With the death of my mother last April (2015) and on its heels the death of my intellectual mother, Virginia Woolf scholar and feminist upstart, Jane Marcus, last May (2015), I found myself over the course of last year in the curious position of being between the two rocks of their respective archives and a hard place.
My mother, also an upstart, and volatile personality, never made it to college. We were working class and always strapped for cash. She, a voracious reader, was self-taught, but instilled in us, in between factory jobs, a love of language, literature, and ideas. When I left for college, she had a nervous breakdown. She began casting about for intellectual outlets to suit the extravagances of her mind, which, without going into too many personal details, were many, at the time. She tried joining a local Native American Indian tribe, as she claimed we were part Cherokee (there actually may be some truth to this, or, as Virginia Woolf might write, dot, dot, dot, […] her famous ellipses indicating silence, or a persistent, yet, paradoxically, generative gap in one's knowledge…and so, there may be some truth to this…or not). In any case, she was given the name, Squash Blossom, but was soon banned from tribal gatherings for her outspokenness.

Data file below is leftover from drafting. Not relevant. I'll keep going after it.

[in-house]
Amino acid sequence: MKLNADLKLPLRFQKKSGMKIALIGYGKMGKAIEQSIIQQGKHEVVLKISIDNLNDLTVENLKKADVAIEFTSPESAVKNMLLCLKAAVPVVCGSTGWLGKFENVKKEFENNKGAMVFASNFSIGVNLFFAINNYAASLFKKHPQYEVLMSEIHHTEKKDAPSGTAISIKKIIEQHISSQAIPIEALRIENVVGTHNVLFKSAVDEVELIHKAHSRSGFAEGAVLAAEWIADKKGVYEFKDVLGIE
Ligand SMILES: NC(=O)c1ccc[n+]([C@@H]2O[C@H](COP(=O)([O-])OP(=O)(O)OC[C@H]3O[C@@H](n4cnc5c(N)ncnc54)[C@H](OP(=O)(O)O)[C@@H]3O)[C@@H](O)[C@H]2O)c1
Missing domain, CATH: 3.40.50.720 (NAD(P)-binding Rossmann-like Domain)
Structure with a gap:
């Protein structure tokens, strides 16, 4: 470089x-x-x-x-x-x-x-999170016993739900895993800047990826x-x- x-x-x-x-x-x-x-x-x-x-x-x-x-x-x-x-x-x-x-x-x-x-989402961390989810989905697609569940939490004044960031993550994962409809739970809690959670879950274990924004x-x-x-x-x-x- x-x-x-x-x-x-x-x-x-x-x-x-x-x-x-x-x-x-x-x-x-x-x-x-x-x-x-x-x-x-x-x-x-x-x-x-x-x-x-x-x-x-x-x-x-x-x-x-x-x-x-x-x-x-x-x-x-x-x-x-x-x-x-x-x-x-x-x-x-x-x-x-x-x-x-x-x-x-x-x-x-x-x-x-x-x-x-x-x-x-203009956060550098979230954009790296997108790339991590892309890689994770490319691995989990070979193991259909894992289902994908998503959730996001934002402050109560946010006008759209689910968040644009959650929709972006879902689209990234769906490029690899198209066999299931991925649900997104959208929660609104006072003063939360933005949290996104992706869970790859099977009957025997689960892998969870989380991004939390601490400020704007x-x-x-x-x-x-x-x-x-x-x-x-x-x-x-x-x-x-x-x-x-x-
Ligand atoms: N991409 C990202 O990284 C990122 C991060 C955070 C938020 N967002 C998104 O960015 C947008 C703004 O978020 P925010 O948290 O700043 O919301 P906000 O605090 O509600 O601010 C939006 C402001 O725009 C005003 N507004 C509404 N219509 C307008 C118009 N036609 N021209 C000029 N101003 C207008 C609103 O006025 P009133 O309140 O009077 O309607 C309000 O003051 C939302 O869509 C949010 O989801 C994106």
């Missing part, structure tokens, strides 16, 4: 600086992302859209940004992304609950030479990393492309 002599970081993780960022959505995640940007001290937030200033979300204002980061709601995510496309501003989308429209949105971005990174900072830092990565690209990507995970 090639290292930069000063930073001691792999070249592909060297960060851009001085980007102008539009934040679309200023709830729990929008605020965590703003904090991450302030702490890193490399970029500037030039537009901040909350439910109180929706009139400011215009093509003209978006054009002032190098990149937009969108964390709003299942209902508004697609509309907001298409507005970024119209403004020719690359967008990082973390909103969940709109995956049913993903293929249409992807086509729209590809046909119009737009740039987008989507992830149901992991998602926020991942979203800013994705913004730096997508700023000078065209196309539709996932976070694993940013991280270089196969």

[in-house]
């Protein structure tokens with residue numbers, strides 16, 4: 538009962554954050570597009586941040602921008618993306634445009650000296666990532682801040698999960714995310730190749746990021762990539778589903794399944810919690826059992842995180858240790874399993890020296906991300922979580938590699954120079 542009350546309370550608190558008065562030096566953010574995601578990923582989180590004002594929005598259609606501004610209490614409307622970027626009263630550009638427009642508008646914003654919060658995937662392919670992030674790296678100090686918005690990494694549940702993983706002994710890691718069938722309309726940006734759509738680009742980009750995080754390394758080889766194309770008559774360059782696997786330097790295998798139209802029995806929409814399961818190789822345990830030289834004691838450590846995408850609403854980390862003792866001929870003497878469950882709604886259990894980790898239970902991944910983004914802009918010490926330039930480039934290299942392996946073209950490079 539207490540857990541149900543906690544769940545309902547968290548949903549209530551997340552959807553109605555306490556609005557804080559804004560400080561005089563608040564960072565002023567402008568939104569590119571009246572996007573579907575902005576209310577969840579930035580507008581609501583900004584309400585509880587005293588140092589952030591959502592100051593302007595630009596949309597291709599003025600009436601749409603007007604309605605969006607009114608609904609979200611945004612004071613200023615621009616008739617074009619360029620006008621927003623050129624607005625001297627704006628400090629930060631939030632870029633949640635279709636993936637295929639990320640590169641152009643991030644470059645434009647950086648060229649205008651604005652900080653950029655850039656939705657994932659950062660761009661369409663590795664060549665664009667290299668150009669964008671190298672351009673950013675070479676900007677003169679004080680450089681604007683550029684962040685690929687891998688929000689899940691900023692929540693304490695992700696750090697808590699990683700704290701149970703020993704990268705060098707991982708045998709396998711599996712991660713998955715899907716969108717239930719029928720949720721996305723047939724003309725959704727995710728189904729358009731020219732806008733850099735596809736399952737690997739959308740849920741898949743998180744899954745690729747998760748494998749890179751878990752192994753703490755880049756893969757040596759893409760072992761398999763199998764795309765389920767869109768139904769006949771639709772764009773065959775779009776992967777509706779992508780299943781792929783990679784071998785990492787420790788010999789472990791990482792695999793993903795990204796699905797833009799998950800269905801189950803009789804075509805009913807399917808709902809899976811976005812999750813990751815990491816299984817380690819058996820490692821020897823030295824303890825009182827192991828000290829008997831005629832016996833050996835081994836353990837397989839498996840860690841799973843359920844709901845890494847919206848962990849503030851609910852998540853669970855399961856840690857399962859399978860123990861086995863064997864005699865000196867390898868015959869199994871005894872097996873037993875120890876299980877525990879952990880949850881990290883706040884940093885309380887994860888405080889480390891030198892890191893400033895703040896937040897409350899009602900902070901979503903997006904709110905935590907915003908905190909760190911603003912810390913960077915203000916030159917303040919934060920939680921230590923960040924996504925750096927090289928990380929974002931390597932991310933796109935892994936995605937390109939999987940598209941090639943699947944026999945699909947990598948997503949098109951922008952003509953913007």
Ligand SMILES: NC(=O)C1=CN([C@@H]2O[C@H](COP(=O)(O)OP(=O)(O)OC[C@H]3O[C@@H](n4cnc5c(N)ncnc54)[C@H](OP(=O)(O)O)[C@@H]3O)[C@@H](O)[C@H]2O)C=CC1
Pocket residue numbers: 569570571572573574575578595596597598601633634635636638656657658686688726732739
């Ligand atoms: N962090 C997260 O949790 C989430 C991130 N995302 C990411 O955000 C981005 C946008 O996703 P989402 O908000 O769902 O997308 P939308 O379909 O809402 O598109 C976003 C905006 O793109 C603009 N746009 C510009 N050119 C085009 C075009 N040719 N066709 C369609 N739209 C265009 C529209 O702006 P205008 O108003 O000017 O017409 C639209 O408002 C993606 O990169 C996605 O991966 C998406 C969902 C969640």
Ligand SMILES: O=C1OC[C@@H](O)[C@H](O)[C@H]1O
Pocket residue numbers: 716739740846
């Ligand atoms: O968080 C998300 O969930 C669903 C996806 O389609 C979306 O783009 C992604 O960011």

When her letters to me at college no longer ended with “Love, Squash Blossom,” but, instead, “Live Long and Prosper, Mom,” I knew she was in the midst of a seachange. Apparently, after a few false starts, she found an intellectual home of sorts in an obscure sub-culture known as K/S, or Kirk/Spockers. Some in the audience familiar with the genres of science fiction and fantasy will recognize the phrase, “Gay Star Trek,” while others will perhaps wonder, dot, dot, dot […] where is she going with all of this? In plainer terms, my mother began writing, editing, and critiquing stories written by fans of the popular television show, Star Trek, which take the characters of the show, created by the visionary Gene Roddenberry, on a variety of queer journeys, to say the least.